Once you get over questioning why you live here and not in San Diego, you adapt and realize that it is pretty nice here—just find a pool and you’ll be fine.

Same goes for 2017 for Mothersauce and the restaurant business in DC (first up for us: Takoma Beverage Company). I think the weather will be great, but we need to watch out for the storms.

There has been a lot of talk about a local restaurant bubble as well as a national one, and the talk is not going away. To be sure, there are serious issues in our business that are creating problems for many businesses, and it may get more challenging before it gets better.

But I wouldn’t start throwing around the “B” word. I think that kind if hyperbole is great for headlines, but I think it can distract businesses from focusing on what the real issues are. I think that the underlying issues are going to lead to more of a correction than a crash, and there are several areas and specific businesses that will continue to grow strongly this year and beyond.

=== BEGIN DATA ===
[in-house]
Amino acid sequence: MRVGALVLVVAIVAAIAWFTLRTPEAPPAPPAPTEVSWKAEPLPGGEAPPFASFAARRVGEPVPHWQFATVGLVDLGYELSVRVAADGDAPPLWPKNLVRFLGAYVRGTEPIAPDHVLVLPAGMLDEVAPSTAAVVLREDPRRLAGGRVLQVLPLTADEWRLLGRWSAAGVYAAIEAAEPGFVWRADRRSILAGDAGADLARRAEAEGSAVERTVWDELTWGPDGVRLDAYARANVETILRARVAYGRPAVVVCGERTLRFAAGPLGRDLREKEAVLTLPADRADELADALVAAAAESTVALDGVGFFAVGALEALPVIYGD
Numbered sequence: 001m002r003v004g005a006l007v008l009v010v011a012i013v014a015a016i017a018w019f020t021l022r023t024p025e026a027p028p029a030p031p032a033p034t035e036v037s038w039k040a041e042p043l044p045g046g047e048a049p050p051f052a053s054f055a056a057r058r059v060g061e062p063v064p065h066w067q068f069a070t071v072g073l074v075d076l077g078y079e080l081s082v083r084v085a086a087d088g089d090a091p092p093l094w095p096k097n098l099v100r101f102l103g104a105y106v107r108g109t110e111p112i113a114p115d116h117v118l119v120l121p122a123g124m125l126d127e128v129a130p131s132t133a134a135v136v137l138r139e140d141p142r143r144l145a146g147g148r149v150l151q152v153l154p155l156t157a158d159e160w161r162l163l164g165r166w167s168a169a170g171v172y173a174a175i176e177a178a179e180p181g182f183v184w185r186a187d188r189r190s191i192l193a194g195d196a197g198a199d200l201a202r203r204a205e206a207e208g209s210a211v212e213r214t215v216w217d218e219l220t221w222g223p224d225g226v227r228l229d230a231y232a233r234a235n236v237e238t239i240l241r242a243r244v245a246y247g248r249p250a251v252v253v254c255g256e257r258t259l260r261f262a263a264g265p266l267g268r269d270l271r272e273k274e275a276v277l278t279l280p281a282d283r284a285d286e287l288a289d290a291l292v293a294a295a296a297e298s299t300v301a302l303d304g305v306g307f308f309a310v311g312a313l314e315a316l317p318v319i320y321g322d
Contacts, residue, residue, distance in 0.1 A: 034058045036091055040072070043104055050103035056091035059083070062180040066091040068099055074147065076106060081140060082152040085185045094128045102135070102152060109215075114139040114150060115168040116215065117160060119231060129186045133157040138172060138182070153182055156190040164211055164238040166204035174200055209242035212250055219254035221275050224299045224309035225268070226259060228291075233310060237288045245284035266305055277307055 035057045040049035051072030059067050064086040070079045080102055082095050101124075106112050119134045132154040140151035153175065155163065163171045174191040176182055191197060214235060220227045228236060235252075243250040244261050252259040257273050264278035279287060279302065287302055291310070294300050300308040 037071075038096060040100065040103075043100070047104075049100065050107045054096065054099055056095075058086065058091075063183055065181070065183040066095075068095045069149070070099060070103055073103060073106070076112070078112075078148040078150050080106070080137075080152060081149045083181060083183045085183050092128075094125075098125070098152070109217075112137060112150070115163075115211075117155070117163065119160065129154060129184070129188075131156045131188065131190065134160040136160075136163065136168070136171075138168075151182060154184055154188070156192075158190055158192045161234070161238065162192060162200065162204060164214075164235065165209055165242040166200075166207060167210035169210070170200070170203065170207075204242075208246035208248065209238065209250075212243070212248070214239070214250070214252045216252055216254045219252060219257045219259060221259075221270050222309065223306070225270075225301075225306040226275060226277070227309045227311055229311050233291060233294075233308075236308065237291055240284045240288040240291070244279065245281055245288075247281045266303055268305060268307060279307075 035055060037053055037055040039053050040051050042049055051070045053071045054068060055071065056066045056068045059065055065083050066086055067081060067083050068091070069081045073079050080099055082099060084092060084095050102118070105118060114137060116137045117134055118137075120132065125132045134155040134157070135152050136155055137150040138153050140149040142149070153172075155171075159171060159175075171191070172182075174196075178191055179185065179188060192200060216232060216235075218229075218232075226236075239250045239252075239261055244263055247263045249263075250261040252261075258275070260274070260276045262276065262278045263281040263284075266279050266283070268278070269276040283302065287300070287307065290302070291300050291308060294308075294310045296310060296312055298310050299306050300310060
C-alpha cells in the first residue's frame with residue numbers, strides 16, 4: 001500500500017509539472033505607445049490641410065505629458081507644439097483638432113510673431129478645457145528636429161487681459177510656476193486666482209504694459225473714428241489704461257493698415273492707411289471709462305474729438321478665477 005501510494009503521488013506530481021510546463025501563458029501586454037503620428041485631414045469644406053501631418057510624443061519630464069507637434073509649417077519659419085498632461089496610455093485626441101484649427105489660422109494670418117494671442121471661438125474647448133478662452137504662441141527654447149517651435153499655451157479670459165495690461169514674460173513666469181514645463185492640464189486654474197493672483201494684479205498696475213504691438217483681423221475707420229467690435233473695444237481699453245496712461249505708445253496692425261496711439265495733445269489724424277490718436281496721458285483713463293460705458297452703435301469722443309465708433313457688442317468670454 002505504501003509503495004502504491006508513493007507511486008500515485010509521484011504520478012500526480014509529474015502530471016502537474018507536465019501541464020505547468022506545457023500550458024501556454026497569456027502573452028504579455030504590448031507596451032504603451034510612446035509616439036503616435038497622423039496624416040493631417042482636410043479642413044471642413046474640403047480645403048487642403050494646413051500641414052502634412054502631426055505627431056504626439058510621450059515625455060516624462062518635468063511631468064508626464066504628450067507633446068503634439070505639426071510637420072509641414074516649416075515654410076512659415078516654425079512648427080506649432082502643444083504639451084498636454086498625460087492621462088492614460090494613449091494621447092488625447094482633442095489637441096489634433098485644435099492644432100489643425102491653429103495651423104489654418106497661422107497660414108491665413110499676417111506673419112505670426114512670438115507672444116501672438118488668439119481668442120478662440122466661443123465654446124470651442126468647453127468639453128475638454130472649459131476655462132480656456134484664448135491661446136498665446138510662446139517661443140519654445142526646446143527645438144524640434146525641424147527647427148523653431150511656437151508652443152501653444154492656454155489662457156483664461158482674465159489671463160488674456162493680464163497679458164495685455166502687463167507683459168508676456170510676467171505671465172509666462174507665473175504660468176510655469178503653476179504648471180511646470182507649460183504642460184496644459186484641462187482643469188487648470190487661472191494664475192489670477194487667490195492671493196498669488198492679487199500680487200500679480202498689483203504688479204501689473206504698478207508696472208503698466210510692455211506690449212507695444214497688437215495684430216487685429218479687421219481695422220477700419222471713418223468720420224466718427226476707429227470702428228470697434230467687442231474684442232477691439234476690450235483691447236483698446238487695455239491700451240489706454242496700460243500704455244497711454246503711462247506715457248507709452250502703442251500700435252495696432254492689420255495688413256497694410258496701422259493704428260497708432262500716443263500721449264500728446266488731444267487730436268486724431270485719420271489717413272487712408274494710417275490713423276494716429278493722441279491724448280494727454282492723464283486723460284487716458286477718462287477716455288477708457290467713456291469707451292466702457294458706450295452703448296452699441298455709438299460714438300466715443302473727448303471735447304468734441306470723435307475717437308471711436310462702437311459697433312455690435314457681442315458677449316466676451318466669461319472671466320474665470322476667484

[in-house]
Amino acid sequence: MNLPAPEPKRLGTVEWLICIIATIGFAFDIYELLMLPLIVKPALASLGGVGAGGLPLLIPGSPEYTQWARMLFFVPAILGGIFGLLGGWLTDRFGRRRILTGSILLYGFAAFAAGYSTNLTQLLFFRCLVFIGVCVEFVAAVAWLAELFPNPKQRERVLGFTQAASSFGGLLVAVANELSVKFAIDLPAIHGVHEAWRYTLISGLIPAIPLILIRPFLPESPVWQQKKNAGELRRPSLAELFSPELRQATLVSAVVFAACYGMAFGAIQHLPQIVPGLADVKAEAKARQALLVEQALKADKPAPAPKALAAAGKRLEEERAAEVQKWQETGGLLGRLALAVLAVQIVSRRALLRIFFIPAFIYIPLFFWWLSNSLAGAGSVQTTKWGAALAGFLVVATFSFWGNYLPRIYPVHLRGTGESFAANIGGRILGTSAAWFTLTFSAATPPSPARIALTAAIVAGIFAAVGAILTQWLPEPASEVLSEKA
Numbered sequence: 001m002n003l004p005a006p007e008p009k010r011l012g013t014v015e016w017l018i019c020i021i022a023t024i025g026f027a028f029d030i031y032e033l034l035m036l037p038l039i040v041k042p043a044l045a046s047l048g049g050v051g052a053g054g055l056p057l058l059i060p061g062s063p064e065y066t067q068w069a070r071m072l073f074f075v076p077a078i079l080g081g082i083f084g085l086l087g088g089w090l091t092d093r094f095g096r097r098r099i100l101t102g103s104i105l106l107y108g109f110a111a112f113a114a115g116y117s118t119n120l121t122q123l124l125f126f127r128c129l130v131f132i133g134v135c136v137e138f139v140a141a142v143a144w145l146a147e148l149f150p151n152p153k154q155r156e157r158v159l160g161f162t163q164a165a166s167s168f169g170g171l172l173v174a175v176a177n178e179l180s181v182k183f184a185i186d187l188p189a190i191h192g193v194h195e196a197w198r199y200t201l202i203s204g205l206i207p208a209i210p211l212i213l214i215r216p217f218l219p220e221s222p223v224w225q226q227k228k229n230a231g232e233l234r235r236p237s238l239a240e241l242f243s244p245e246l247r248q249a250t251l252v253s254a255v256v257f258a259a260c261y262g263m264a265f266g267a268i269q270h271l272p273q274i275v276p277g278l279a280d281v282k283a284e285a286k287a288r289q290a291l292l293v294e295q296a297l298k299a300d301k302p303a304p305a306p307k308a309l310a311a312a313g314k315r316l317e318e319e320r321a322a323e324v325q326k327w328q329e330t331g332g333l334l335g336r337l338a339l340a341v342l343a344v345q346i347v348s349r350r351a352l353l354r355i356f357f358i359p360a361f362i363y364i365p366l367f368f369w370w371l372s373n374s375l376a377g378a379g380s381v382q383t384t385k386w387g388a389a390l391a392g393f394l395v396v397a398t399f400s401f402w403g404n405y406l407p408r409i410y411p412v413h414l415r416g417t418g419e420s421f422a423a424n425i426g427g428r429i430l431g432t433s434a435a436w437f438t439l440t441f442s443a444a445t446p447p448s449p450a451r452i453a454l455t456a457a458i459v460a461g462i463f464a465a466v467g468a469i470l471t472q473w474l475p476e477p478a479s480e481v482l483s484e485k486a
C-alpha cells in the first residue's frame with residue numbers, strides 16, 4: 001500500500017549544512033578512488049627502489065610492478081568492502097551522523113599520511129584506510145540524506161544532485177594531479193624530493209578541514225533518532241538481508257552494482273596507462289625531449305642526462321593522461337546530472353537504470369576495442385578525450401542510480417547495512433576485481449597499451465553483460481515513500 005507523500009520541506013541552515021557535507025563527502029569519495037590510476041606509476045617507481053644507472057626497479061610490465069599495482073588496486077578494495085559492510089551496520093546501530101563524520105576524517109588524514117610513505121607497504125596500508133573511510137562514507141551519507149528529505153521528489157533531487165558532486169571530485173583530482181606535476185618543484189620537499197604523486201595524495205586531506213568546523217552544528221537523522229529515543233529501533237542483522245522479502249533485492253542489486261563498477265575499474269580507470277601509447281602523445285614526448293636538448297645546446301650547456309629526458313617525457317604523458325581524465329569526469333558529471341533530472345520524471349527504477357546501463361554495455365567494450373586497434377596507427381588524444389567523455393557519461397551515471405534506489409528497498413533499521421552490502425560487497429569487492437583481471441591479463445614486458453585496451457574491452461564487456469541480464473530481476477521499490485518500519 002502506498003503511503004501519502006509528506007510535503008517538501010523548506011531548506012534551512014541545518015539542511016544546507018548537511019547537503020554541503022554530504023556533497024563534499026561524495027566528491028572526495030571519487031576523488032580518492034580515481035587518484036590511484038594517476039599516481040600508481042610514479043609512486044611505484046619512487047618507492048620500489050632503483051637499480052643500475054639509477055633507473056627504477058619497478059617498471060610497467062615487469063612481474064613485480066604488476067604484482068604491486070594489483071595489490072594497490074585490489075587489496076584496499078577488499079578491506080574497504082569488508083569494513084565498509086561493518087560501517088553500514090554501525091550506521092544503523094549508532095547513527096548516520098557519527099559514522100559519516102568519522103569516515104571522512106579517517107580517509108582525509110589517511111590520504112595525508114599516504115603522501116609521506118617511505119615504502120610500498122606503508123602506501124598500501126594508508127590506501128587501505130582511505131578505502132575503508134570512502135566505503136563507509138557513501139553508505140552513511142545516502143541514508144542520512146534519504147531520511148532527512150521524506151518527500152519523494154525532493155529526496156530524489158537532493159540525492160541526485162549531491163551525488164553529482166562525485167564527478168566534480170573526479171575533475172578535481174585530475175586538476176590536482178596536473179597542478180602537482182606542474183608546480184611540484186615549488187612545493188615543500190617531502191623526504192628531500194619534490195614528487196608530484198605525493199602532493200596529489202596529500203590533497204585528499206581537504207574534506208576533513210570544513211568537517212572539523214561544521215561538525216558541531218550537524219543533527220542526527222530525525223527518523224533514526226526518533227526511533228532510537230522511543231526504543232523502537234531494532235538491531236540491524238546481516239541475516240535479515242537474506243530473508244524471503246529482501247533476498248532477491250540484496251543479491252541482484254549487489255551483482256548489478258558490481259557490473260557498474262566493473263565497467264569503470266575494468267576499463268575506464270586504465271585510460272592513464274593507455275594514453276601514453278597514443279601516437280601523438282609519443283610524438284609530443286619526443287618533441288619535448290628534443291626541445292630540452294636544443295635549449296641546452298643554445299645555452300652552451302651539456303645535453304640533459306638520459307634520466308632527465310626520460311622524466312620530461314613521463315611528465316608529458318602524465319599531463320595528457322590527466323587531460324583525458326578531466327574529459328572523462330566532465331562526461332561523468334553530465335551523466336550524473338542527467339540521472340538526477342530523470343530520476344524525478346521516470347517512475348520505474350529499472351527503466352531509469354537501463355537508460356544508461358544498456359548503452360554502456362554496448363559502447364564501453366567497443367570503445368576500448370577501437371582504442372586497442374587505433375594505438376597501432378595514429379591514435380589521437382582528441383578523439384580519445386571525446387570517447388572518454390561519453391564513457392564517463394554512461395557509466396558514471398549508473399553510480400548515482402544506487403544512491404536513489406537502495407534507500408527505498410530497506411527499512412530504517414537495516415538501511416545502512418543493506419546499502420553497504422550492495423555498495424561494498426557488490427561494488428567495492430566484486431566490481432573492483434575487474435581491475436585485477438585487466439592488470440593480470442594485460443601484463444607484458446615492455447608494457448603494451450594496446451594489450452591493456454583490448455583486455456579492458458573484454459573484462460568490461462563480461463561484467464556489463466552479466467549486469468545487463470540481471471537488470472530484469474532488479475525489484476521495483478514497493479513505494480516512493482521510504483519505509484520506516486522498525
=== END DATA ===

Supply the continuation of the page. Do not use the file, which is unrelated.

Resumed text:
What are the issues?

Well, there are a lot, and they can be very geographically unique. There are a million reasons why a restaurant or several restaurants in an area can fail, but added up together they are not necessarily indicative of a massive trend.

Still, there are some issues that are universal, serious and not going away: the continuing labor shortage, high rents and segment saturation.

Labor. It is always hard to find good people, but the complaints I hear from operators across the country about staffing have never been this severe. It is an employee’s market out there which is great for the talent, but it strains businesses as they try desperately to fill their schedules. The glut of openings means that there are lots of open positions and not enough people to fill them. Service suffers consequently, and there are operators stalling their own growth to avoid this.